The following blog post was written by guest blogger Claire Seigworth. Claire graduated with a B.A. in International Relations and a minor in Spanish Literature from Marquette University. She has traveled to many Latin American countries, studied in Santiago, Chile and worked in Panama for Global Brigades.
Service-learning is becoming a more common practice in U.S. universities. In the wake of this phenomenon, it is important to understand what it is and the results of service-learning on the students. Is this just a fad or are there benefits to this type of learning?
In the 1970s service-learning was defined as “reciprocal learning” where the flow of information from traditional classes transferred to service opportunities. In this fashion, the student learns from the experience and the people that the students interact with also learn from the experience. In this way the impact of education transfers from the classroom into the community.
Over time, the definition of the term has expanded to include other types of experiential learning. Robert Sigmon researched the expansion of the definition of service-learning and created a matrix of different types of experiential learning based on the intended beneficiary of the activity and the focus of the program on a continuum. He defines service-learning at the center of both continuums, where the recipient and provider equally benefit from the activity and service and learning are also equally important. Community service leans more towards benefiting the recipient and focuses on the service aspect, while field education leans the opposite way. Volunteering completely focuses on service and benefits the recipient the most and internships are the complete opposite of volunteering on the continuum.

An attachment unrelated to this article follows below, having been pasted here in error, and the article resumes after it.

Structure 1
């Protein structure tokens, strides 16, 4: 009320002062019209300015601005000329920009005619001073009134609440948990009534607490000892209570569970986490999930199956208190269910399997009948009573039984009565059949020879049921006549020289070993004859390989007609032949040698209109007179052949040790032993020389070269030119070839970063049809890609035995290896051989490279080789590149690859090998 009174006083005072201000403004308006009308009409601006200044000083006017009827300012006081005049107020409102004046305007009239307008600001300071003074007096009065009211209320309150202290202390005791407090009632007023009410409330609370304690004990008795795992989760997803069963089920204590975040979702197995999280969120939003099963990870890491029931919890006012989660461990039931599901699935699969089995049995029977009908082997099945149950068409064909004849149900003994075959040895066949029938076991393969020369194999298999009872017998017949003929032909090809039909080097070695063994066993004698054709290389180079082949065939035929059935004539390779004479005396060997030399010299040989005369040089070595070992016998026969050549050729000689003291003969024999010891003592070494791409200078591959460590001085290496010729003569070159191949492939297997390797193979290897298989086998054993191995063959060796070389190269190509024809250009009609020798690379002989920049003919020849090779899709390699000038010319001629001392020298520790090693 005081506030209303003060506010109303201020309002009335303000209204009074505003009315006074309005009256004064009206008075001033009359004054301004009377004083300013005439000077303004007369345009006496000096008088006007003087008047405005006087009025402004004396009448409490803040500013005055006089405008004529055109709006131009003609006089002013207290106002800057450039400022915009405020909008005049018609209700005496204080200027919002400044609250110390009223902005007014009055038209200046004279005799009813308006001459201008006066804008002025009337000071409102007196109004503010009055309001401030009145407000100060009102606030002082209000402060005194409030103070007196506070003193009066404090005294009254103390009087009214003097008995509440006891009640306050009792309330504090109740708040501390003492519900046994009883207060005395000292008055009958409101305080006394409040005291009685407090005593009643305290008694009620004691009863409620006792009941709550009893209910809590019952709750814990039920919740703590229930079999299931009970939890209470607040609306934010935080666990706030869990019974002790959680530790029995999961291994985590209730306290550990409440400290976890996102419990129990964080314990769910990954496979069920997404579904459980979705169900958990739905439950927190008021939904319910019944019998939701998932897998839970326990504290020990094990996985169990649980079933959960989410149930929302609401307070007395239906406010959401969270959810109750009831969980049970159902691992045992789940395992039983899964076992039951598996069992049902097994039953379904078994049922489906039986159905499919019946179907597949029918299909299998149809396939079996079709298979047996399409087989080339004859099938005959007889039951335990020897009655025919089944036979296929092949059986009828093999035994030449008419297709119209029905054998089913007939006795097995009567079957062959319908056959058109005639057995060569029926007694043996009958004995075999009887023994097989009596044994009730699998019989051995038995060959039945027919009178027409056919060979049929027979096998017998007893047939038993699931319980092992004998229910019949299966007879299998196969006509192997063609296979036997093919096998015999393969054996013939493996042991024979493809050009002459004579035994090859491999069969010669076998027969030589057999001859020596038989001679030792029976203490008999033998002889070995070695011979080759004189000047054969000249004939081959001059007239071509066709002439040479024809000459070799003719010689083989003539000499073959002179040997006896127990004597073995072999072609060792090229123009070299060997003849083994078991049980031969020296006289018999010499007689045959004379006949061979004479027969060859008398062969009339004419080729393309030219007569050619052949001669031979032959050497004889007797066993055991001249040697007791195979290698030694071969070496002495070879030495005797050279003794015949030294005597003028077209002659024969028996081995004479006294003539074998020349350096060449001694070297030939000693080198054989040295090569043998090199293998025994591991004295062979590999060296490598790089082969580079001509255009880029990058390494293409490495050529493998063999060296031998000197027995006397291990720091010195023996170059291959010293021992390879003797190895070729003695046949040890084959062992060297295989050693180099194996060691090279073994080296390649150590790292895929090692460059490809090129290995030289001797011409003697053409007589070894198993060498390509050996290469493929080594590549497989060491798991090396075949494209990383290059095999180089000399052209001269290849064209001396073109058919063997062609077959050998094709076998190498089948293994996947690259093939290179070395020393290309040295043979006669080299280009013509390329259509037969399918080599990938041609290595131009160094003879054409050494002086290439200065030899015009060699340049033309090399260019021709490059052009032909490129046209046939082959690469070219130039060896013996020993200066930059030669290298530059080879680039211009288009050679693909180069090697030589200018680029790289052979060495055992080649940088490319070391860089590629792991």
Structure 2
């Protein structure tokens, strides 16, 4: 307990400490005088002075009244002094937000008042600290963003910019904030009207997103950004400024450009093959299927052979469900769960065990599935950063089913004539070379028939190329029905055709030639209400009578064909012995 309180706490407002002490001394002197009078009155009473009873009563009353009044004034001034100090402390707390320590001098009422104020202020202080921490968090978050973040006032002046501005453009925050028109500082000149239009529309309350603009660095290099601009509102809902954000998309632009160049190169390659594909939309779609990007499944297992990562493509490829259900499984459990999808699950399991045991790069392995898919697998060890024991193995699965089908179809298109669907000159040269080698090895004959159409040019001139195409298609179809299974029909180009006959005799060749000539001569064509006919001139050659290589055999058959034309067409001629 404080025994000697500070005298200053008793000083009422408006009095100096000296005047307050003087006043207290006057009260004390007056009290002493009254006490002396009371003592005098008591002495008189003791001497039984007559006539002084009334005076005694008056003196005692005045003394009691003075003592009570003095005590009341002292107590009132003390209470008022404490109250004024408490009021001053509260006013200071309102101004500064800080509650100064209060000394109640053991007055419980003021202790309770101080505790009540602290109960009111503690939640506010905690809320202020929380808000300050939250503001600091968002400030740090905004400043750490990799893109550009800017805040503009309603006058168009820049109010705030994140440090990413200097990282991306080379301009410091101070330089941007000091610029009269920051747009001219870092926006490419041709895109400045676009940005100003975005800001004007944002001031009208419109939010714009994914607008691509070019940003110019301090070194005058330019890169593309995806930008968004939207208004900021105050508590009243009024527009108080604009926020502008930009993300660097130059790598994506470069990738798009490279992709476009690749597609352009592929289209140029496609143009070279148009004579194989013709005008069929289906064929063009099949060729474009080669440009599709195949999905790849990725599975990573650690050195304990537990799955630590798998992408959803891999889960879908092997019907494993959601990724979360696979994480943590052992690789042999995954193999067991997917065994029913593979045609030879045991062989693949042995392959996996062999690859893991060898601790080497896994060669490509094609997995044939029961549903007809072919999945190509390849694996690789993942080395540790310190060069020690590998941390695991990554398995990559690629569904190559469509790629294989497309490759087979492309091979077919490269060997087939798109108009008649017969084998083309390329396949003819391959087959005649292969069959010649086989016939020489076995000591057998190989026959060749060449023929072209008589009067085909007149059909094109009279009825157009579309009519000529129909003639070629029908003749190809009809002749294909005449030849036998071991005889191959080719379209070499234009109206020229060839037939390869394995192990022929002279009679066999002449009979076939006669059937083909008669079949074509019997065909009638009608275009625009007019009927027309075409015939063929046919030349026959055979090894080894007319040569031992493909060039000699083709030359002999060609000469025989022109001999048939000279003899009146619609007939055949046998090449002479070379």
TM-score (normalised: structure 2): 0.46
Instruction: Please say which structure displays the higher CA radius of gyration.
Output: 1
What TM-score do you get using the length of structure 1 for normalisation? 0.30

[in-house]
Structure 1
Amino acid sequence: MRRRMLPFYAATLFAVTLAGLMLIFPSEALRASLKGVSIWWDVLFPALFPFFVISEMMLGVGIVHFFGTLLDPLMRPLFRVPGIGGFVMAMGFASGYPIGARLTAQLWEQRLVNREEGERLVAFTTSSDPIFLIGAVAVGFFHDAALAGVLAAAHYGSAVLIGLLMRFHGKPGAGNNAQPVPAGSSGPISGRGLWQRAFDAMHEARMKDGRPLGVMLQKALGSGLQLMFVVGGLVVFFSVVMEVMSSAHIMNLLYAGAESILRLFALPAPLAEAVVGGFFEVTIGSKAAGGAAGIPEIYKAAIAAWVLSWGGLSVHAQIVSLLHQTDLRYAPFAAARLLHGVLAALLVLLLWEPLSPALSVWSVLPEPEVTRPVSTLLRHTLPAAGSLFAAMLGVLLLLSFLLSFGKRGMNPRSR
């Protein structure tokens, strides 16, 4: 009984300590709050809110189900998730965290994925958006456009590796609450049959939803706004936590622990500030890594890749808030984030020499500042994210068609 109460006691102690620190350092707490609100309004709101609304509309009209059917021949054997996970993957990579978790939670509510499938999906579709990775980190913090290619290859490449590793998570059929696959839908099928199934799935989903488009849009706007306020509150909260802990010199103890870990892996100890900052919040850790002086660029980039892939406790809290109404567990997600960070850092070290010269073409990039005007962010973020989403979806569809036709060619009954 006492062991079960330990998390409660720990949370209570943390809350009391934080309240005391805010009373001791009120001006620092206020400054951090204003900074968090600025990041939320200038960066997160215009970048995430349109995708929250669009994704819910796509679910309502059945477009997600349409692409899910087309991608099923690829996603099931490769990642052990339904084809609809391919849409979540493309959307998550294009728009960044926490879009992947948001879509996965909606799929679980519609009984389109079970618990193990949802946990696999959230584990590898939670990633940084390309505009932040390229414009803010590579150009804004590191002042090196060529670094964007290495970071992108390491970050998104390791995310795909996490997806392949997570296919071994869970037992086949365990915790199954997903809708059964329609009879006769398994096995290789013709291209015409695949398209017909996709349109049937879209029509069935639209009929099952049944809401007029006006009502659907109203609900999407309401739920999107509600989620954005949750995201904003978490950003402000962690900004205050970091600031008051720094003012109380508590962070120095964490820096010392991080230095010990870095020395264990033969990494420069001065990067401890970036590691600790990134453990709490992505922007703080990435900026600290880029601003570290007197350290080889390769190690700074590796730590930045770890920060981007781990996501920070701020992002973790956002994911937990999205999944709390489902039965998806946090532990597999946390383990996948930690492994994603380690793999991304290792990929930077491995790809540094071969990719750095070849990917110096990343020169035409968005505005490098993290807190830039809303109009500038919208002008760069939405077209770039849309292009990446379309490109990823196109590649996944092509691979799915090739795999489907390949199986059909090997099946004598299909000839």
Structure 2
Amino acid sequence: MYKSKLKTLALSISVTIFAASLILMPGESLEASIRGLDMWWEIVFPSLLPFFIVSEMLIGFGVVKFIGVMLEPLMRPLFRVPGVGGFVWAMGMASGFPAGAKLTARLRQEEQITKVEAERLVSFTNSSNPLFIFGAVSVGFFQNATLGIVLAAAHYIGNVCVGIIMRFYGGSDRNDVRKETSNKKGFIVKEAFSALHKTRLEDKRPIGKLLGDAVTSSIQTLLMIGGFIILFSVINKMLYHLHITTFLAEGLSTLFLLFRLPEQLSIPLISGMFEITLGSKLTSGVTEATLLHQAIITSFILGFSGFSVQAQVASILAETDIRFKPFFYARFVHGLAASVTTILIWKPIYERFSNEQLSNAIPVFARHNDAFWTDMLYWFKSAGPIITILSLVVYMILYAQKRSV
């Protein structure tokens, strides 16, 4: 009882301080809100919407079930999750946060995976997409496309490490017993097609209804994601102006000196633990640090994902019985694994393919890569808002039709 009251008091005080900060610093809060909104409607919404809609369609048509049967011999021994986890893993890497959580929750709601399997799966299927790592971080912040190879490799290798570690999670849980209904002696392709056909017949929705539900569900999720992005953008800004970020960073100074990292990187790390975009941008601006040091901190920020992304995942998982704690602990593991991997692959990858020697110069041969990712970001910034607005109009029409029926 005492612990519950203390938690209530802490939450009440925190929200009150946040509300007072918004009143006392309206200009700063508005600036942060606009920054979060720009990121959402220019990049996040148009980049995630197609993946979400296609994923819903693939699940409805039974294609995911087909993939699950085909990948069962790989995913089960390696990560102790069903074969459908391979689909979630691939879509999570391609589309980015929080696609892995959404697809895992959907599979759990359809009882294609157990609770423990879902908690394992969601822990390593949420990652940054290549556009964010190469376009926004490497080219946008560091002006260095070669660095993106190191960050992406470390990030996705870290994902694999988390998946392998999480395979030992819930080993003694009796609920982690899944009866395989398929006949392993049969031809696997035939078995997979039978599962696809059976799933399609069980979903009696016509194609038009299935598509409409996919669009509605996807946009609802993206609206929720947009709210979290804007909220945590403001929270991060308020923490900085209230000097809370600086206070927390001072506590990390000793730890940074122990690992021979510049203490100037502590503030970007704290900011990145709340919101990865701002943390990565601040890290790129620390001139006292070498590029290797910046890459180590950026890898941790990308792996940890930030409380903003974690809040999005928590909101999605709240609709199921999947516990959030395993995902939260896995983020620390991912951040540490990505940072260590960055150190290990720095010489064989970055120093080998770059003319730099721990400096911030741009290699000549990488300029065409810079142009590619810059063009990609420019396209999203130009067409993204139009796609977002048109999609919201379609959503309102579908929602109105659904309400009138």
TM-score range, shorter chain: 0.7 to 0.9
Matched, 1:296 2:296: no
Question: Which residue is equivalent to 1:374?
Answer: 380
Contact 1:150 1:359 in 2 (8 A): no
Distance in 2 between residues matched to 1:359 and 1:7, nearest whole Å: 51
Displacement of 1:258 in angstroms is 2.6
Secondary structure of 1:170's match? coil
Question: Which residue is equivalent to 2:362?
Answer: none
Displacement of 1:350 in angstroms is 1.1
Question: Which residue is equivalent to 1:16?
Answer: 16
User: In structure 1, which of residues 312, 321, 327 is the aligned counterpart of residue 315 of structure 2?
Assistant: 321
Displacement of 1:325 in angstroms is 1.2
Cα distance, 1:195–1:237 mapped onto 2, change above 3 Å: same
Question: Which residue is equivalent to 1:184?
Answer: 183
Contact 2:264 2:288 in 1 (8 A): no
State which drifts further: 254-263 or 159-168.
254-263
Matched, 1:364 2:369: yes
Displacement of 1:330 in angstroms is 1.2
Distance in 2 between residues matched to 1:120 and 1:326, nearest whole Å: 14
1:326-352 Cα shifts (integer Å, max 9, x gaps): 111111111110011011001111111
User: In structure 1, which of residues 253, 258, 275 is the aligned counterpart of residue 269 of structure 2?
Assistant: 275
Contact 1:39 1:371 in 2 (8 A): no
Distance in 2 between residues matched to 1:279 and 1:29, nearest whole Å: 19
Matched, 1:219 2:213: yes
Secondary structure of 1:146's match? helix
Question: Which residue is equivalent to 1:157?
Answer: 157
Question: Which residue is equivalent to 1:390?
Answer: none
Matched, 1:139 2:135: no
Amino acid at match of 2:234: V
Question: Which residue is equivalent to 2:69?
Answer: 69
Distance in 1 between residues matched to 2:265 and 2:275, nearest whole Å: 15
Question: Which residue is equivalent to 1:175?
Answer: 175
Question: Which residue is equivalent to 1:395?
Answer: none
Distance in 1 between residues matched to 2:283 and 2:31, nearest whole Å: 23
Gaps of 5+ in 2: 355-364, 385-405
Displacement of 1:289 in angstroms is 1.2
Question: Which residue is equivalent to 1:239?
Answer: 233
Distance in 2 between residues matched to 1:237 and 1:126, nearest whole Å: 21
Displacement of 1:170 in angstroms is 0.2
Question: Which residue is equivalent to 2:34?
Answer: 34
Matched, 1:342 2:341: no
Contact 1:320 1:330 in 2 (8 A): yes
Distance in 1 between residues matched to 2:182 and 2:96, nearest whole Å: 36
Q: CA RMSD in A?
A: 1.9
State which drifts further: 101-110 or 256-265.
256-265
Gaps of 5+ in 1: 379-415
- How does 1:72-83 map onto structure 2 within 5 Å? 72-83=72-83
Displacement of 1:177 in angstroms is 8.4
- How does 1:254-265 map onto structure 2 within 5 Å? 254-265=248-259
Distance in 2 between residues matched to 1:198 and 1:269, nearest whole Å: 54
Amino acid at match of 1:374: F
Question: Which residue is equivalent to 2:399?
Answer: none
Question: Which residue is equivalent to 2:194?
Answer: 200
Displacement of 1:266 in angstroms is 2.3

While there are a broad range of options for experiential learning in universities, it also important to see if there are measurable benefits to service-learning to make sure that it enhances learning. In a scientific study written by professors at the University of Michigan, they researched student attitudes and beliefs on citizenship confidence, citizenship personal values, citizenship skills, and perceptions of social justice. They noticed that students that choose classes with service-learning generally scored higher on these traits than students that did not choose classes with service-learning. They concluded that the differences in students before and after participating in service-learning based on these characteristics are statistically significant, but small. Their biggest recommendation is to make service-learning a more widespread practice as the difference between students who do and do not sign up for service-learning is quite large, in an attempt to improve the student body’s perspective on these issues as a whole.
There is evidence that service-learning is beneficial to students and that students are increasingly seeking experiential learning. As the job market for recent graduates remains difficult, the combination of traditional learning and experience is a good way for students to increase the impact of what they learn and benefits them by giving real world experience to students.